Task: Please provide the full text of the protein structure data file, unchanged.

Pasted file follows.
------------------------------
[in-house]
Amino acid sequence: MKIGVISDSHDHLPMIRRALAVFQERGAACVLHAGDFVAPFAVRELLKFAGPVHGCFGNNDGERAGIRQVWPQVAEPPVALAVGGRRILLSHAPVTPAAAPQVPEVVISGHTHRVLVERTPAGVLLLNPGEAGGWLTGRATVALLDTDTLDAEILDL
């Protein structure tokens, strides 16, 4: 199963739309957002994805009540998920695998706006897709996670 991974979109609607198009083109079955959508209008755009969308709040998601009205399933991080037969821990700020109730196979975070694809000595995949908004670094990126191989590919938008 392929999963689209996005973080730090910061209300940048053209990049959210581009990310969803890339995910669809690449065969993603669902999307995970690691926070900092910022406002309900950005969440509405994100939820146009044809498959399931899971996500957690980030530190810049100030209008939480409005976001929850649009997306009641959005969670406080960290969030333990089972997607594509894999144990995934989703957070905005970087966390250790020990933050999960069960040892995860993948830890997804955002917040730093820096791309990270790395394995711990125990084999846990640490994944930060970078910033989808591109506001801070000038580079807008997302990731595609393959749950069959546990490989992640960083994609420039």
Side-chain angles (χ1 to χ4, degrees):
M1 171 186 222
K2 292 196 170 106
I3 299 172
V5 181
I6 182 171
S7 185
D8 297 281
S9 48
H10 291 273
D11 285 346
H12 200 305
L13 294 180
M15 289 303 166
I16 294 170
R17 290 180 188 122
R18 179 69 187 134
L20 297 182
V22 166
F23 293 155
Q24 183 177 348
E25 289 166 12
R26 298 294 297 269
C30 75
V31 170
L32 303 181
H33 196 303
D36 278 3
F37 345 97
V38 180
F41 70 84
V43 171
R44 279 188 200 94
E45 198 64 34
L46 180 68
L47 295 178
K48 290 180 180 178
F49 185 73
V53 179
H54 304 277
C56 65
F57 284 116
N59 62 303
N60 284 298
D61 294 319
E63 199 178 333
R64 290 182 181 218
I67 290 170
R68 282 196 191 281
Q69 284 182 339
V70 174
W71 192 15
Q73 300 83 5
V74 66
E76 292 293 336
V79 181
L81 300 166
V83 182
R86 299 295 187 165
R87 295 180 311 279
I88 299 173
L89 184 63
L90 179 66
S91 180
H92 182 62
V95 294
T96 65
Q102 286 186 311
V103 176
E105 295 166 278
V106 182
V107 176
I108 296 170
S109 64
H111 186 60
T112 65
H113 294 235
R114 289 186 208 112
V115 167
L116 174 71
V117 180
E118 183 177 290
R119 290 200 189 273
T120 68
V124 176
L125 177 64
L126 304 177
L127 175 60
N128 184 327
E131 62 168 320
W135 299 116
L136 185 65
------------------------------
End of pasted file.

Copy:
[in-house]
Amino acid sequence: MKIGVISDSHDHLPMIRRALAVFQERGAACVLHAGDFVAPFAVRELLKFAGPVHGCFGNNDGERAGIRQVWPQVAEPPVALAVGGRRILLSHAPVTPAAAPQVPEVVISGHTHRVLVERTPAGVLLLNPGEAGGWLTGRATVALLDTDTLDAEILDL
């Protein structure tokens, strides 16, 4: 199963739309957002994805009540998920695998706006897709996670 991974979109609607198009083109079955959508209008755009969308709040998601009205399933991080037969821990700020109730196979975070694809000595995949908004670094990126191989590919938008 392929999963689209996005973080730090910061209300940048053209990049959210581009990310969803890339995910669809690449065969993603669902999307995970690691926070900092910022406002309900950005969440509405994100939820146009044809498959399931899971996500957690980030530190810049100030209008939480409005976001929850649009997306009641959005969670406080960290969030333990089972997607594509894999144990995934989703957070905005970087966390250790020990933050999960069960040892995860993948830890997804955002917040730093820096791309990270790395394995711990125990084999846990640490994944930060970078910033989808591109506001801070000038580079807008997302990731595609393959749950069959546990490989992640960083994609420039």
Side-chain angles (χ1 to χ4, degrees):
M1 171 186 222
K2 292 196 170 106
I3 299 172
V5 181
I6 182 171
S7 185
D8 297 281
S9 48
H10 291 273
D11 285 346
H12 200 305
L13 294 180
M15 289 303 166
I16 294 170
R17 290 180 188 122
R18 179 69 187 134
L20 297 182
V22 166
F23 293 155
Q24 183 177 348
E25 289 166 12
R26 298 294 297 269
C30 75
V31 170
L32 303 181
H33 196 303
D36 278 3
F37 345 97
V38 180
F41 70 84
V43 171
R44 279 188 200 94
E45 198 64 34
L46 180 68
L47 295 178
K48 290 180 180 178
F49 185 73
V53 179
H54 304 277
C56 65
F57 284 116
N59 62 303
N60 284 298
D61 294 319
E63 199 178 333
R64 290 182 181 218
I67 290 170
R68 282 196 191 281
Q69 284 182 339
V70 174
W71 192 15
Q73 300 83 5
V74 66
E76 292 293 336
V79 181
L81 300 166
V83 182
R86 299 295 187 165
R87 295 180 311 279
I88 299 173
L89 184 63
L90 179 66
S91 180
H92 182 62
V95 294
T96 65
Q102 286 186 311
V103 176
E105 295 166 278
V106 182
V107 176
I108 296 170
S109 64
H111 186 60
T112 65
H113 294 235
R114 289 186 208 112
V115 167
L116 174 71
V117 180
E118 183 177 290
R119 290 200 189 273
T120 68
V124 176
L125 177 64
L126 304 177
L127 175 60
N128 184 327
E131 62 168 320
W135 299 116
L136 185 65